Perhaps part of the problem is that while the UCMJ allows for massive penalties for turds who suddenly feel they can't do their job, there have been very few to suffer the wrath of said UCMJ. Plus, they get press coverage, which encourages others to decide that their commitment was only valid within the comfy confines of the US of A.
     
  14. alex116

    alex116 New Member

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    Indeed.


    Fuck that guy. I'm getting sick of reading about scumbags like him.
     
  15. Burrito10

    Burrito10 New Member

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    kinda reminds me of "In the Army Now". This kid must have really large pussy lips on his face, because even pauly shore went to war without deserting after his recruiter told him the same thing!
     
  16. Cheerio

    Cheerio New Member

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    I swore I seen it on the news on AFN like a week ago
     
  17. LancerV

    LancerV Something Happened OT Supporter

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    Who the hell has she been talking too?
     
  18. PumpScout

    PumpScout New Member

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    Ah, justice. Or, would that be "justice, eh?". :rofl: Found this on another forum, and thought I'd pop it in here.

    From Tuesday's Globe and Mail

    July 14, 2008 at 9:48 PM EDT

    VANCOUVER — U.S. army deserter Robin Long is slated to be deported back to his army base in Fort Knox, Ky., Tuesday, which would make him the first resister to the U.S. war effort in Iraq to be sent out of Canada.

    Madam Justice Anne Mactavish of the Federal Court of Canada cleared the way for the deportation late Monday, dismissing a last-ditch attempt to delay the process while the 25-year-old pursued further appeals.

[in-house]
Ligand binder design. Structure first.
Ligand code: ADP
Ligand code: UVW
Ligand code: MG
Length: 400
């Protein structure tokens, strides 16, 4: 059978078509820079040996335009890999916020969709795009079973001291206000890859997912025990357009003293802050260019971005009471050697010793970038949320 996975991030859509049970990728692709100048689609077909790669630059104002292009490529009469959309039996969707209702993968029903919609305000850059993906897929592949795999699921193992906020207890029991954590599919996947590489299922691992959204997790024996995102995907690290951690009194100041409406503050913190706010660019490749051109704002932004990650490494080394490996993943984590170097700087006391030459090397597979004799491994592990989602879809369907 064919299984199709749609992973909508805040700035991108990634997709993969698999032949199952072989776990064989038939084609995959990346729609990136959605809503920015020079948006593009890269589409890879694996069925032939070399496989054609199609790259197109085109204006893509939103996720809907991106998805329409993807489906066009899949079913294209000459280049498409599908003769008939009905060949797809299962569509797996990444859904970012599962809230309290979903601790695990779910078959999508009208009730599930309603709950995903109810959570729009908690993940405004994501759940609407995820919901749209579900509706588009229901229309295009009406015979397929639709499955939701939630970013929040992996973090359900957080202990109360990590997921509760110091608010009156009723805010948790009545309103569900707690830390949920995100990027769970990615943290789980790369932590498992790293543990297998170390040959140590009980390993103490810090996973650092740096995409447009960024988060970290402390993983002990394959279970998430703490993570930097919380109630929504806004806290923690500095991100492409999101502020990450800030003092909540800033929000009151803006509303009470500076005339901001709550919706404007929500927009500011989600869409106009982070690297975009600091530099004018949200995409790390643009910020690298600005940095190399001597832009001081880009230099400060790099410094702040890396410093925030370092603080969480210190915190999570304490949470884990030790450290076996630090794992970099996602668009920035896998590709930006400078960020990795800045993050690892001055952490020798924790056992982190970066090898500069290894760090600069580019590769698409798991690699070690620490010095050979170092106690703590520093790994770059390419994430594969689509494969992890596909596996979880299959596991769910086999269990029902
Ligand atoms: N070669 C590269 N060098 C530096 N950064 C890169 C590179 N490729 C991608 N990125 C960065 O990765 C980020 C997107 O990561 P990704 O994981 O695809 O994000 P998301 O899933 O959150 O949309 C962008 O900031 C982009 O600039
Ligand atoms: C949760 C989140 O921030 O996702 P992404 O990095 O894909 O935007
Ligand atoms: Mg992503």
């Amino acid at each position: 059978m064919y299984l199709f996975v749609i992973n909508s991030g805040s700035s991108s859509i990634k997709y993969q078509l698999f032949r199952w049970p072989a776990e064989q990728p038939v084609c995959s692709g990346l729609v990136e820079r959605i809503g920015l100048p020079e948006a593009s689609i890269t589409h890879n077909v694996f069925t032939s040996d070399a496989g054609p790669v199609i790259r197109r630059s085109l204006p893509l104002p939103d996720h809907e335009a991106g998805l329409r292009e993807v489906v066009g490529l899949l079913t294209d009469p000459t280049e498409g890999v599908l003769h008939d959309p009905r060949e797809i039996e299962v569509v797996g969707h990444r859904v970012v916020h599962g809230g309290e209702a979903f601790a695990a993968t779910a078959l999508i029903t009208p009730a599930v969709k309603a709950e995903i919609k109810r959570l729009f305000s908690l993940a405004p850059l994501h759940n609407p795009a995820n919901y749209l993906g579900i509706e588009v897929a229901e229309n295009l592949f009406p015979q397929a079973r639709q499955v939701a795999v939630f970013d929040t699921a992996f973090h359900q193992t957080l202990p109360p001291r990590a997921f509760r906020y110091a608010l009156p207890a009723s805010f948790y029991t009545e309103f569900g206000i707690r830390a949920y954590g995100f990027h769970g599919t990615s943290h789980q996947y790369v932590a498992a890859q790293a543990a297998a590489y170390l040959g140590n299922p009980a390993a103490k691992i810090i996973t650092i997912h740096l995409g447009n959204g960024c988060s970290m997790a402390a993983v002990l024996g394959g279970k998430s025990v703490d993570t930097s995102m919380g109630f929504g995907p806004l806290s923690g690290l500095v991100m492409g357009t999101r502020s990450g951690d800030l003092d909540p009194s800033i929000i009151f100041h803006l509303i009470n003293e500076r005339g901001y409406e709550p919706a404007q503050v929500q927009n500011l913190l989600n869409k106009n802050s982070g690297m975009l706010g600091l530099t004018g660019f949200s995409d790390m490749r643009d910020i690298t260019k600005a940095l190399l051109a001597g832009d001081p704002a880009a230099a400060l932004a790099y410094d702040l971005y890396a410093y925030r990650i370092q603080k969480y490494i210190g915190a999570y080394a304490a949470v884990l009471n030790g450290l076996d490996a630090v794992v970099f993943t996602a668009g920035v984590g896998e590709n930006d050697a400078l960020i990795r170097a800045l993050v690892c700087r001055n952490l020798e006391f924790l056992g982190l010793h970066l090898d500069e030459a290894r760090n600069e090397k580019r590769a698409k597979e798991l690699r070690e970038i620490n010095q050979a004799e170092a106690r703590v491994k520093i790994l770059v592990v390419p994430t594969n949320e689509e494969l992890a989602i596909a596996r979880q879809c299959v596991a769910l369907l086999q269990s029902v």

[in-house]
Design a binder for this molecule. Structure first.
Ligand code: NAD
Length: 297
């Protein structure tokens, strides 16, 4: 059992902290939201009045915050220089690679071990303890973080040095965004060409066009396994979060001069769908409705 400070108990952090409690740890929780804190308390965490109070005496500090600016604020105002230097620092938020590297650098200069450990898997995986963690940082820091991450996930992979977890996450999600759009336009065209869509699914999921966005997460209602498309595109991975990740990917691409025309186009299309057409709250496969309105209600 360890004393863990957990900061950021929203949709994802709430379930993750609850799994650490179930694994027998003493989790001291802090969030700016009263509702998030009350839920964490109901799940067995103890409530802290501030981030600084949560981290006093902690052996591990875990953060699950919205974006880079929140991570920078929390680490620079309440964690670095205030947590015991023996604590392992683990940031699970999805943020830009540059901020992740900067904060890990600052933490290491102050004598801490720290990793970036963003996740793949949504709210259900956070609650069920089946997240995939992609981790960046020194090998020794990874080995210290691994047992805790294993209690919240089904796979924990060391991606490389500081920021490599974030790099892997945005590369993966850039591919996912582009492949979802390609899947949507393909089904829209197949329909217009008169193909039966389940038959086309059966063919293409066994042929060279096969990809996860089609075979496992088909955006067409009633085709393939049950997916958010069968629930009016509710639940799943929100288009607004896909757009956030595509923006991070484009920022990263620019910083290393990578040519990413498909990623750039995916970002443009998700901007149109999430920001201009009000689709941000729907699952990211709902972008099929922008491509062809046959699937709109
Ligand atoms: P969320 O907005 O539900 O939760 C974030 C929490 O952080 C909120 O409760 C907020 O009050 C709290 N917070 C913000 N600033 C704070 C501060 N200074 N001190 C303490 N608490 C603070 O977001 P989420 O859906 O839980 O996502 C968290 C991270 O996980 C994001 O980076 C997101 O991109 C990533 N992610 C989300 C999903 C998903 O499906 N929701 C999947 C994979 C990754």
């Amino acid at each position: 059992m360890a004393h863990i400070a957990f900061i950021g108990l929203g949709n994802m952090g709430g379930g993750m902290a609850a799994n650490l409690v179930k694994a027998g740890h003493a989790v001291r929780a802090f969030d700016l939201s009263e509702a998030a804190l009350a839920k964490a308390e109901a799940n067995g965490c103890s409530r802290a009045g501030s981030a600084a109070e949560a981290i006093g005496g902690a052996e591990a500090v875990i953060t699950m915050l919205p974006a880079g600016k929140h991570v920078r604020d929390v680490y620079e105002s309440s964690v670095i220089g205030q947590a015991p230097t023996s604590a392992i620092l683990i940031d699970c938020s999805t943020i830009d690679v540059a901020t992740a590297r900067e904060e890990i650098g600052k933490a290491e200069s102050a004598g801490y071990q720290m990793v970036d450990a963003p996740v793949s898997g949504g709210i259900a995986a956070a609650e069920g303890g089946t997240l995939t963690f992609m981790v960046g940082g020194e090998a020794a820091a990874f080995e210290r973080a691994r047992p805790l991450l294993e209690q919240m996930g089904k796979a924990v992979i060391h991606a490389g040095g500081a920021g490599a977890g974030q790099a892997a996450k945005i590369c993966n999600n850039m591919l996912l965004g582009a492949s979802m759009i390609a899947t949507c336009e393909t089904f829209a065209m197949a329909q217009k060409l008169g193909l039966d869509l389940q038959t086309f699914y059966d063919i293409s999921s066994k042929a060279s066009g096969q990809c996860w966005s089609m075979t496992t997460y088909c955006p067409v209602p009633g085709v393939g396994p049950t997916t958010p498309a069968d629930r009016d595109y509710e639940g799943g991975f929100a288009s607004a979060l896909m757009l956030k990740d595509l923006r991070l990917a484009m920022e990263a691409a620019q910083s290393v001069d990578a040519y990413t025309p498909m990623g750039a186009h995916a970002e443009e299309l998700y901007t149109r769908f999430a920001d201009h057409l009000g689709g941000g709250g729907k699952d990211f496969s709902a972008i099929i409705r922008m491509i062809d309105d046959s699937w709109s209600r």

“I was just shocked at some things in [the] ruling,” Bob Ages, a spokesman for an informal group called Vancouver War Resisters Support Campaign, told reporters outside the courtroom. “It just flies in the face of everything that we and every Canadian know about the reality of what is going on.”

    Mr. Ages said the court misunderstood the situation facing Mr. Long upon his return.


    Enlarge Image
    United States army deserter Robin Long, 24, is led to an immigration hearing room in Vancouver, BC, October 3, 2007. (Lyle Stafford for the Globe and Mail)


    U.S. deserter wins appeal in fight for refugee status

    Refugee board ordered to take another look at war dodger's failed asylum bid
    “I do not think there is any doubt someone being up in Canada, and a vocal opponent to the war, will be treated harshly by the American military … there is no question he will be court-martialed and will receive severe punishment.”

    Mr. Long's deportation would be a “terrible precedent for Canada, especially given our history of providing sanctuary for war resisters, over 100,000 draft dodgers and deserters during the Vietnam era,” he said earlier to reporters.

    “This will be the first time Canada played gendarme to the American military,” Mr. Ages said, appealing to Prime Minister Stephen Harper or Immigration Minister Diane Finley to intervene. Members of the support group were to meet at the Peace Arch border crossing this morning to protest the deportation.

    The war resisters support group is aware of about 50 deserters in Canada, Mr. Ages said, although the group has been told that “hundreds” are living underground in Canada.